Although daunting at first, I found myself engrossed in the readings this week because of how they forced me to view things structurally, from a macrocosmic level. In traditional school (American, public) we often spend the preponderance of our time considering a myriad of small things, in just enough depth. The readings this week encouraged more of a “distant reading” (stole that from Franco Moretti), in which they explained the structure of data organization (metadata: literally data about data).

In the Gilliland reading, subsection: Life cycle of an information object, I thought about Ted Chiang’s “life cycle of software objects,” a novella about the life of a AI animal who becomes a fully grown human mind. In this case, the piece of information is created (OR adapted, reused, used in a different context), then it is organized and described. After being validated, it can be searched for or retrieved. Throughout its existence it is utilized and preserved, before ultimately possibly being disposed (deleted, inactive). In Ted Chiang’s work, an alternate set of universes and dimensions leave the main character in a paternalistic role, nurturing an artificially intelligent software animal. Like the information objects, Jax (the animal) goes through a process. And they’re almost identical. He is created, then organized and described. He is constantly being validated and explained (reused) in various contexts. He is never searched for or retrieved, rather he is analyzed and reformatted. Utilized and preserved, Jax becomes equivalent to a real child. Although scared enough to consider terminating him at the end, Ana (his caretaker) ultimately leaves him doing his homework. She ponders what his future will be like, and what he’ll be able to do.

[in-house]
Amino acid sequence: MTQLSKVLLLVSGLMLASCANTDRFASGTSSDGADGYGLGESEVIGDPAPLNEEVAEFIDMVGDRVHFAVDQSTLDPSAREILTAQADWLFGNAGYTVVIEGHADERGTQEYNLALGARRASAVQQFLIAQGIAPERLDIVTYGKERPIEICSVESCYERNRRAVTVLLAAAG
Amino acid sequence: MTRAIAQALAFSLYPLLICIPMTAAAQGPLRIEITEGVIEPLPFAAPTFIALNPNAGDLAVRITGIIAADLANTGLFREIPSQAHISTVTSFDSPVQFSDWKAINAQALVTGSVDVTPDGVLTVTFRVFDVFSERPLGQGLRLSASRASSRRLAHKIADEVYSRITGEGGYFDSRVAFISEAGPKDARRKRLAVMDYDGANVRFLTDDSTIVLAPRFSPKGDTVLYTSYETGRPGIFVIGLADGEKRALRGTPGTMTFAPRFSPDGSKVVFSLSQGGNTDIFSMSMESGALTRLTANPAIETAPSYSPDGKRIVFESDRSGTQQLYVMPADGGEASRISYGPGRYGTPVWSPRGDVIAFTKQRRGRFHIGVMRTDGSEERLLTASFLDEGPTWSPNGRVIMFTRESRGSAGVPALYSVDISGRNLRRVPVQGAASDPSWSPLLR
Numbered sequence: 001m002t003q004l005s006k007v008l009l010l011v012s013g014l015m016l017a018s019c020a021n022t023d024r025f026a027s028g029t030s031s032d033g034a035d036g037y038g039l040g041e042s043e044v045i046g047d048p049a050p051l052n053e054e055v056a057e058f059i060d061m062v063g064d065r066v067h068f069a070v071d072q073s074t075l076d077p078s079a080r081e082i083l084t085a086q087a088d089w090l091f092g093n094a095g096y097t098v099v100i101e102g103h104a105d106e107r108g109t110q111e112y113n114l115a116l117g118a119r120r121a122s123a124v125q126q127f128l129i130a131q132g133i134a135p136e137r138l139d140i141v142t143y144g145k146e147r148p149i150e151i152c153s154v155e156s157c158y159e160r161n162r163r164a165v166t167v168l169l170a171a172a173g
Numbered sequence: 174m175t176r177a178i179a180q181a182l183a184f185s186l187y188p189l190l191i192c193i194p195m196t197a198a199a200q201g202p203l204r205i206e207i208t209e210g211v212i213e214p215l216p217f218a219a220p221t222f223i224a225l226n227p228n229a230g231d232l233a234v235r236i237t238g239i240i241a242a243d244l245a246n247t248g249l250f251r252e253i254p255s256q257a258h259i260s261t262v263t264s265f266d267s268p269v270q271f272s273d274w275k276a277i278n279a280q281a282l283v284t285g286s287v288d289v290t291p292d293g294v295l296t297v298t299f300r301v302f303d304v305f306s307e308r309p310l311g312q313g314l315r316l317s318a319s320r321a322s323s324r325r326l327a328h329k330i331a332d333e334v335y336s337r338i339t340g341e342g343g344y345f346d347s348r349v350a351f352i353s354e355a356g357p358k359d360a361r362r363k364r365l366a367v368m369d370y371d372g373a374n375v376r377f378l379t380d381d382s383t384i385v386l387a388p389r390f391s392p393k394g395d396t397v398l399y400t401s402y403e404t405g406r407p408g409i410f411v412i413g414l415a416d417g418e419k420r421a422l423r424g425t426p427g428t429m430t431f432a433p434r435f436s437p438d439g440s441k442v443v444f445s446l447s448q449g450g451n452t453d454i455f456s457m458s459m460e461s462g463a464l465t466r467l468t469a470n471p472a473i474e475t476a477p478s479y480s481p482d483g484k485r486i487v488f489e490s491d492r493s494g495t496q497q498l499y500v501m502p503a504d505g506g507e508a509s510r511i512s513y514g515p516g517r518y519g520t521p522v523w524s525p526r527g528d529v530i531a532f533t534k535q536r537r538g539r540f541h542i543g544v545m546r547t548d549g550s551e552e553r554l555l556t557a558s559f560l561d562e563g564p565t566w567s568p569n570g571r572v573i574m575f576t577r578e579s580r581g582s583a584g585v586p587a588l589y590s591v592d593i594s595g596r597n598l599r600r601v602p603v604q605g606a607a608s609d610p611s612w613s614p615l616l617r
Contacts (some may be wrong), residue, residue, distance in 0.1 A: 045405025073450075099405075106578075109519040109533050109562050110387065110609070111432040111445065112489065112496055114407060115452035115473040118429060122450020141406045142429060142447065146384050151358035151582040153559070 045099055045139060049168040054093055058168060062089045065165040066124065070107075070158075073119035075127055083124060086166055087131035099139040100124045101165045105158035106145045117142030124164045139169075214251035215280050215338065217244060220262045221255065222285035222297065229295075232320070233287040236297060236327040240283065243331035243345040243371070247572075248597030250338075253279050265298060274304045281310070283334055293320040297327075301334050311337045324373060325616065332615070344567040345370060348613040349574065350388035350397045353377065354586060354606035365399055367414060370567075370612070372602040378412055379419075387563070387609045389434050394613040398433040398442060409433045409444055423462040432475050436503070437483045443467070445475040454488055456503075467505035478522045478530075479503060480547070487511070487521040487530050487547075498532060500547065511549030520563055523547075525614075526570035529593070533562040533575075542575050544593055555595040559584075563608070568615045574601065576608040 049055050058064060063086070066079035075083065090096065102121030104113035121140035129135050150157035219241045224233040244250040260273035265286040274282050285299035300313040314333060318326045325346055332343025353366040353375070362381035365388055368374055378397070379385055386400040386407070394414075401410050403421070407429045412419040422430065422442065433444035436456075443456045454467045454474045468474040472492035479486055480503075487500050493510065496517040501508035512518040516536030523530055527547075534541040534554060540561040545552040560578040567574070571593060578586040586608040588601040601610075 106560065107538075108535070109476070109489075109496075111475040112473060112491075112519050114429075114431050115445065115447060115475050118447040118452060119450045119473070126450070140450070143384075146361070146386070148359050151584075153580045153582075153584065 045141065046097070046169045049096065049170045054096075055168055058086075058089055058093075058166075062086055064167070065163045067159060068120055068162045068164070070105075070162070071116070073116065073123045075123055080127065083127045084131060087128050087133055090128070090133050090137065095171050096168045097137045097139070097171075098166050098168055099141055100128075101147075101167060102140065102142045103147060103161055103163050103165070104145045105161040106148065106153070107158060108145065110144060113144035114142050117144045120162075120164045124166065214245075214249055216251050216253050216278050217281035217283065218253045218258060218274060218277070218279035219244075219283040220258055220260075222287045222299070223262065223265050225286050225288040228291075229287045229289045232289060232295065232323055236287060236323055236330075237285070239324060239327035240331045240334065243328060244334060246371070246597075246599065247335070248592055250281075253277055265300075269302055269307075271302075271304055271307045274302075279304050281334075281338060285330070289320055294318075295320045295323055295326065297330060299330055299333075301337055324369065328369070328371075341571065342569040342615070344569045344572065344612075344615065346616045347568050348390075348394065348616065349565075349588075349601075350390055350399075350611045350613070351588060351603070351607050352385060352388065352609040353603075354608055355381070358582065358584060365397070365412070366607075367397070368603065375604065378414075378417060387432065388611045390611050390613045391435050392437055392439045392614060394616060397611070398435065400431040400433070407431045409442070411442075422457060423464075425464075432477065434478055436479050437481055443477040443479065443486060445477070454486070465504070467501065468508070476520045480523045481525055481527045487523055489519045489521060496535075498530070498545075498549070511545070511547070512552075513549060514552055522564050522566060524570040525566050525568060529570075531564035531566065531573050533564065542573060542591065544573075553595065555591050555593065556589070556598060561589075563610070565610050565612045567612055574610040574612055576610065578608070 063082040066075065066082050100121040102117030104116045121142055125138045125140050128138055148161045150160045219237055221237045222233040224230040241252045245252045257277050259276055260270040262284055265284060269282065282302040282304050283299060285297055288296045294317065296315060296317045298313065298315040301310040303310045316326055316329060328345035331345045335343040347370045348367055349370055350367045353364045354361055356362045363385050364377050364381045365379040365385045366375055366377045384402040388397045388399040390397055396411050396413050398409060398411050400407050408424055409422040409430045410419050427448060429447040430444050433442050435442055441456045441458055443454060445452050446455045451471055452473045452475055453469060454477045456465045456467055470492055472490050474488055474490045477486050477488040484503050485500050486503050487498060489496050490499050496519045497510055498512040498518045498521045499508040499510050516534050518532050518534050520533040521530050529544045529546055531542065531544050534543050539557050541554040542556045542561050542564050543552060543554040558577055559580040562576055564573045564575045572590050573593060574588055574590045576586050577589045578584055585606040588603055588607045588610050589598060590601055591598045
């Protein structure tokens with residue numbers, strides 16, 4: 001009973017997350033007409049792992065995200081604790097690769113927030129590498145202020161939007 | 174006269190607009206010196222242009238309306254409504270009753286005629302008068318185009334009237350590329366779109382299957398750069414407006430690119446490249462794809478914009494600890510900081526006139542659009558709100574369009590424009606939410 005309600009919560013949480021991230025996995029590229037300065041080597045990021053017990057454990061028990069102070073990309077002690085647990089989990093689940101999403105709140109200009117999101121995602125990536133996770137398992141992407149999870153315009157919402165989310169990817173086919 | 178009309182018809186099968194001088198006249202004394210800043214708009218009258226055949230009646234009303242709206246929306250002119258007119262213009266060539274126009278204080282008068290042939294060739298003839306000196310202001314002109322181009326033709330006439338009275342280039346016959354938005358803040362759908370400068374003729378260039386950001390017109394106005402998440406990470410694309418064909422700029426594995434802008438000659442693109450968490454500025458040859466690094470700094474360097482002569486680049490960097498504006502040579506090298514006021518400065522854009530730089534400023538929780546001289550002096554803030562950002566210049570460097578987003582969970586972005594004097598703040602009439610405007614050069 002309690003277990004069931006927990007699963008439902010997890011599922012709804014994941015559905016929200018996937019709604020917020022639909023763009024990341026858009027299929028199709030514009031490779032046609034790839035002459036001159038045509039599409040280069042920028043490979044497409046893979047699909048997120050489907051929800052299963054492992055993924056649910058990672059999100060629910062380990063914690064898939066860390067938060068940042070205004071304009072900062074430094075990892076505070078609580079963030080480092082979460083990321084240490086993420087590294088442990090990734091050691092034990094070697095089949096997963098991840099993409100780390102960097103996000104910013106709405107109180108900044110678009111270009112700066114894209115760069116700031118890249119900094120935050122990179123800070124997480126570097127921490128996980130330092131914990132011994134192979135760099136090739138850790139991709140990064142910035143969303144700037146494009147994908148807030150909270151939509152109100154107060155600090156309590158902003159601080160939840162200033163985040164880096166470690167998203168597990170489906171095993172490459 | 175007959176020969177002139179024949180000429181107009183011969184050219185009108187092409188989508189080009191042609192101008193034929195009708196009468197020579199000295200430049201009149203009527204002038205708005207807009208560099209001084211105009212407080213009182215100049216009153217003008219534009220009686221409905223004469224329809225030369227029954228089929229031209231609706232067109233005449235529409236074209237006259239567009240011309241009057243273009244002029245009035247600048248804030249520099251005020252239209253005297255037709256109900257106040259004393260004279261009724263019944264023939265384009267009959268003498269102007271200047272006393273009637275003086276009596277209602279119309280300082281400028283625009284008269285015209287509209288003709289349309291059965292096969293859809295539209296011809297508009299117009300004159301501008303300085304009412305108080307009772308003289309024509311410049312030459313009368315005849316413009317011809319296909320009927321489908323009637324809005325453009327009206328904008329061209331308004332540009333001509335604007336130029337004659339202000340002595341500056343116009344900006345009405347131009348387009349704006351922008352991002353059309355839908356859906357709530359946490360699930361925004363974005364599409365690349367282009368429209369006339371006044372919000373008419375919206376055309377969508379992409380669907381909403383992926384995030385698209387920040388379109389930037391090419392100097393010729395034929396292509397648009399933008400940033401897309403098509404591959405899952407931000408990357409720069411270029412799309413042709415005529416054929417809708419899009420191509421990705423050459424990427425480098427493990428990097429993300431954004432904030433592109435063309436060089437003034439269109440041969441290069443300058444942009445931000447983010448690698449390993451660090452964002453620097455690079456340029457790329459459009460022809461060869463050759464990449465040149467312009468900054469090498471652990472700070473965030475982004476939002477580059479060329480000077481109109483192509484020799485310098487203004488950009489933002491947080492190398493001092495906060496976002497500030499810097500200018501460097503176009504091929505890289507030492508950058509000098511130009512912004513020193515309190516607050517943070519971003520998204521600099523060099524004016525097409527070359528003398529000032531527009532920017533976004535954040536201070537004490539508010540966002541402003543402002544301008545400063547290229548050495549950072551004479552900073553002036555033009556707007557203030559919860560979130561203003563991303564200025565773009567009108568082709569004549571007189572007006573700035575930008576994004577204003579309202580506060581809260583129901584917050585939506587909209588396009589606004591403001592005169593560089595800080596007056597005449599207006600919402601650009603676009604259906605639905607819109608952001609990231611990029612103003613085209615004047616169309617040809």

I think the scariest part about this comparison is the fact that maybe soon, information will become information–it will take on a life beyond it’s own. This idea is explored in Folsom’s ‘Database as Genre’, and validated at the end of the piece. “As the database grows out across national and linguistic boundaries, the ragged and rhizomic structures of Leaves of Grass grow with it. Leaves of grass as a database is a text very different from Leaves of Grass contained within covers and, one senses, luckier, because database may well be epic’s new genre.” But what if the development progresses beyond this idea? What if Leaves of Grass within the database context because nothing but Walt Whitman 1855 Poetry USA. Users then search along normal lines but are presented with a myriad of succinct options–are you looking for poetry or prose? is the author white or of color? what time period are you looking for? Then, instead of searching for texts, users are retrieving metatexts, metadata. We do it now, but what if it becomes so solidified that we adaptively begin to think in MARC or HTML Metatags? The future of the database could be more, shorter results per page of search return. Less information to locate more information. Crazy, scary, but interesting nonetheless.

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